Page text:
Saskatchewan is the seventh-largest province in Canada. It is one of the Prairie provinces in the country and is home to unique landscapes from sand dunes, rolling hills, forested areas, to art and historical sites. We lived here for 4.50 years and explored a lot of the province on the weekends and annual holidays. So here are the handpicked 21 things to do in Saskatchewan.
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21 Things to do in Saskatchewan
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Saskatchewan was created a province in 1905. It is the only landlocked province in Canada, bordered by Alberta (on the west), with the Northwest Territories in the north, Manitoba to the east, and Nunavut on the northeast. The US states of Montana and North Dakota lay in the south.
Getting to Saskatchewan
Saskatchewan is served by 2 international airports – Saskatoon John G. Diefenbaker International Airport and Regina International Airport (YQR). You can connect to these two cities, and then drive to parks and other towns.
Saskatchewan is a very car-oriented province, meaning you do need a vehicle to reach different places. We love taking road trips in SK, stopping at local ice cream parlors, and cute-sy towns.
There are buses available connecting major cities and towns. But a car/vehicle is the best way to explore this province.
So, let’s look at the best places to visit in Saskatchewan.
Camp at the Prince Albert National Park
Prince Albert National Park is one of the two national parks in the province. It is located in northern Saskatchewan.
The park is perfect for summer camping trips. There are a number of front country and backcountry campsites that you can reserve to enjoy a weekend or two in the lap of nature. There are special oTENTik cabins at the Beaver Glen Campground, which are a great option for families and couples to enjoy a comfortable camping experience.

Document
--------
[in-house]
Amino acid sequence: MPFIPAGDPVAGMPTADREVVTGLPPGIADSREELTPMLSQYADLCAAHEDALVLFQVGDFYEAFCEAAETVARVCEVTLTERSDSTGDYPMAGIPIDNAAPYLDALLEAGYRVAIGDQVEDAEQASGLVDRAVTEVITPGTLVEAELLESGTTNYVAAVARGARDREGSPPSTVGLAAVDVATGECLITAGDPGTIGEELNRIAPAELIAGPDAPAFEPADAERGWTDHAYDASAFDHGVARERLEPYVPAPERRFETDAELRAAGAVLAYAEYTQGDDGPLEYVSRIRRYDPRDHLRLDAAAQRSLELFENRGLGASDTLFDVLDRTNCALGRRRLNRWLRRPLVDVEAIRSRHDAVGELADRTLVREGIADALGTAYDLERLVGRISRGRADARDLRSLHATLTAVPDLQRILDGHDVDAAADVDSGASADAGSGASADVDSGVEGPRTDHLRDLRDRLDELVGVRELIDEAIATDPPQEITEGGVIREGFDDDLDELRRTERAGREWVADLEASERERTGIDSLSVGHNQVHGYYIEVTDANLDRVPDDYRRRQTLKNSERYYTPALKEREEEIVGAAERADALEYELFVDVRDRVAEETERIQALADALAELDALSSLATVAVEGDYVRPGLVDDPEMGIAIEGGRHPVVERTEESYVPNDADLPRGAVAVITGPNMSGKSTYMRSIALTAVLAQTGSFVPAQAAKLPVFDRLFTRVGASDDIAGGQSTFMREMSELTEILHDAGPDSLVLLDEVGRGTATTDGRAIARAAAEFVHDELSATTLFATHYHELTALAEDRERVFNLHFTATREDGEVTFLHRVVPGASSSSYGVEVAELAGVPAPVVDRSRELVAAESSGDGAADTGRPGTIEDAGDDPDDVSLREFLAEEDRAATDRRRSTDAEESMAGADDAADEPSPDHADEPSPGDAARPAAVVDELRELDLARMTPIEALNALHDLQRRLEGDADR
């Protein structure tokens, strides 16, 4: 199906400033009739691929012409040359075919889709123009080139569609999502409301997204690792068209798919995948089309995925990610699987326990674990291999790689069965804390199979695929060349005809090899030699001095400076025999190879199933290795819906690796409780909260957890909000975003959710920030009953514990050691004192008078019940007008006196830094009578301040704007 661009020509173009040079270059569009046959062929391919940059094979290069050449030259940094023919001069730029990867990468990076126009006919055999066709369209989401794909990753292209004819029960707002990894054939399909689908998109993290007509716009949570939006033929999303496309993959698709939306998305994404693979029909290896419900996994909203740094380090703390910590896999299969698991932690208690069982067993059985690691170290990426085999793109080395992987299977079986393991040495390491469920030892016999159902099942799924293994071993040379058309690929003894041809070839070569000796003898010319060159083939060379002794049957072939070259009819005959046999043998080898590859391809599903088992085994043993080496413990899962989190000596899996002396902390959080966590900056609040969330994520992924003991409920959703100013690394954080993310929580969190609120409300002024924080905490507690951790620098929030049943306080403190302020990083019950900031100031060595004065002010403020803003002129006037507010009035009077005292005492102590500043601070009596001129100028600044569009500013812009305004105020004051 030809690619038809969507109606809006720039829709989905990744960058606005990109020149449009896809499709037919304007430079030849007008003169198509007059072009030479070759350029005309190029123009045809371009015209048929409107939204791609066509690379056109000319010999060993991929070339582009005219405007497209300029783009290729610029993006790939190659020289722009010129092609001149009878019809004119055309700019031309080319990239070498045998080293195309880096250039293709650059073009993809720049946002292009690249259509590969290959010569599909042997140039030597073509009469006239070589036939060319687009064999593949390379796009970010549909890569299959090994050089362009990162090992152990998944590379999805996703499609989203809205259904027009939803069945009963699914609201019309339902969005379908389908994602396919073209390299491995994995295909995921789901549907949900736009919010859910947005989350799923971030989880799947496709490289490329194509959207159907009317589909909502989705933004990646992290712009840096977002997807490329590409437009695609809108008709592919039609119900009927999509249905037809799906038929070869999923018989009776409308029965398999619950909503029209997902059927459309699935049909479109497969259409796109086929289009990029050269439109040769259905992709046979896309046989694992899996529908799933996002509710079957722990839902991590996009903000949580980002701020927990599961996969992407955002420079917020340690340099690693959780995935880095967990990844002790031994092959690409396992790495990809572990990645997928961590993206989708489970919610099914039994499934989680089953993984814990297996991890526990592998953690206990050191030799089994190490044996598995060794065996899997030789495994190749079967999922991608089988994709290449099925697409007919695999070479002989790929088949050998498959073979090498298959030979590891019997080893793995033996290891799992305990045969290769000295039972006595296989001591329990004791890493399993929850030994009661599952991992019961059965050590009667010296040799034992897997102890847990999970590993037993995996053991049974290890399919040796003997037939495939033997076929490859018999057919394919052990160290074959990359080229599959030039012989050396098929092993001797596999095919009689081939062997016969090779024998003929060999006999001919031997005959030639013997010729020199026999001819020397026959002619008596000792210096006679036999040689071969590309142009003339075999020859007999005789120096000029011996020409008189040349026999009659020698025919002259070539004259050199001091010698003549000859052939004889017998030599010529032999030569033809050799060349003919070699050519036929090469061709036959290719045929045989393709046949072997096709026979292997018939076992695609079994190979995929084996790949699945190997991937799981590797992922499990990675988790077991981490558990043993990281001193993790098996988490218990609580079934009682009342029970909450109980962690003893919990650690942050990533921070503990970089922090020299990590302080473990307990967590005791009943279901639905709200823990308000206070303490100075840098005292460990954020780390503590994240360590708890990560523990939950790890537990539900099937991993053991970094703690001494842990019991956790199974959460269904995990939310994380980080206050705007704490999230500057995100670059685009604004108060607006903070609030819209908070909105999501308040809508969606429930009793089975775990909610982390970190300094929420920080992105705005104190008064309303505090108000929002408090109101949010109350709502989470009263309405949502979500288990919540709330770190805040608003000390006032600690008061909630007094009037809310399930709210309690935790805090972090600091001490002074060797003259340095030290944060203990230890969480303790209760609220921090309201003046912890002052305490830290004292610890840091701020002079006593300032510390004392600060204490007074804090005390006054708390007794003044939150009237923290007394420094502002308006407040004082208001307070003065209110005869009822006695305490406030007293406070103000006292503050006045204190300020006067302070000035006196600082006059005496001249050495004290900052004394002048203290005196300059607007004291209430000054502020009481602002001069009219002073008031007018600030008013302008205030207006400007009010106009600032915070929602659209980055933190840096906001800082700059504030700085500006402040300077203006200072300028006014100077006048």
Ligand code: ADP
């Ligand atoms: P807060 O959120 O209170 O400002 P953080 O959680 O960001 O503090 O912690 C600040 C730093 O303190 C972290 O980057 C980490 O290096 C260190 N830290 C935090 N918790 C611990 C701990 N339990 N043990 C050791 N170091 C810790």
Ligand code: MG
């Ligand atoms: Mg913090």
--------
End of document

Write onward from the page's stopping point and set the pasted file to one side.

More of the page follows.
Inside the park, you will also find restaurants, playground areas for kids, and bike and hike trails. We mostly spent our time hanging out by the beach and Waskesiu Lake. Emma Lake and Kingsmere Lake are two of the other lakes in the vicinity.
Top hiking trails include the Waskesiu River Trail, and the Boundary Bog Trail. Both are easy hikes to embark on.
Explore the city of Prince Albert, one of the cities in SK
Prince Albert is the third largest city in Saskatchewan. During our visits to the city, we mostly spend our time hanging out with friends, exploring parks and museums.
The city is home to four museums, namely the Prince Albert Historical Museum, The John and Oliver Diefenbaker Museum, Evolution of Education Museum, and the Rotary Museum of Police and Corrections. These museums really help you to understand the history of the Prairies and railways, which is something we always appreciate!
Chase Northern Lights in Saskatchewan
Saskatchewan showcases stunning green dancing lights, aka Aurora Borealis at night and early morning hours. They are best seen from October through March. As residents, we have observed the northern lights dancing in the skies in Saskatoon, Yorkton, and Prince Albert National Park (usually after 2:00 am in the morning).
Waskesiu Lake makes for beautiful Northern Lights photos (at the Prince Albert National Park).
Enjoy Meadow Lake Provincial Park Winter Trails
Head to the Meadow Lake Provincial Park to experience cross country skiing. This boreal forest park has a variety of snowmobile trails perfect for all levels of travelers. The trailhead is located at the north shore of Kimball Lake, and there is parking available.
Take a floatboat to the Athabasca sand dunes
The Athabasca Sand Dunes are one of a kind in the country. It is the most active northernmost sand dunes in the world. They are located on the south shore of Lake Athabasca, and you have to get on a floatplane to reach the sand dunes.
Wander Saskatoon’s Urban Parks and Trails (Central Saskatchewan)
Although not the capital city of Saskatchewan, Saskatoon welcomes visitors with many urban trails, parks, and a beautiful river valley. Saskatoon is the largest city in the province, and the downtown area is a beautiful place to hang out in the summer and also in the winters.
Meewasin Park and Kiwani Memorial Park are our favorites. These parks have hiking trails, picnic areas, unique sculptures, and seating areas overlooking the river.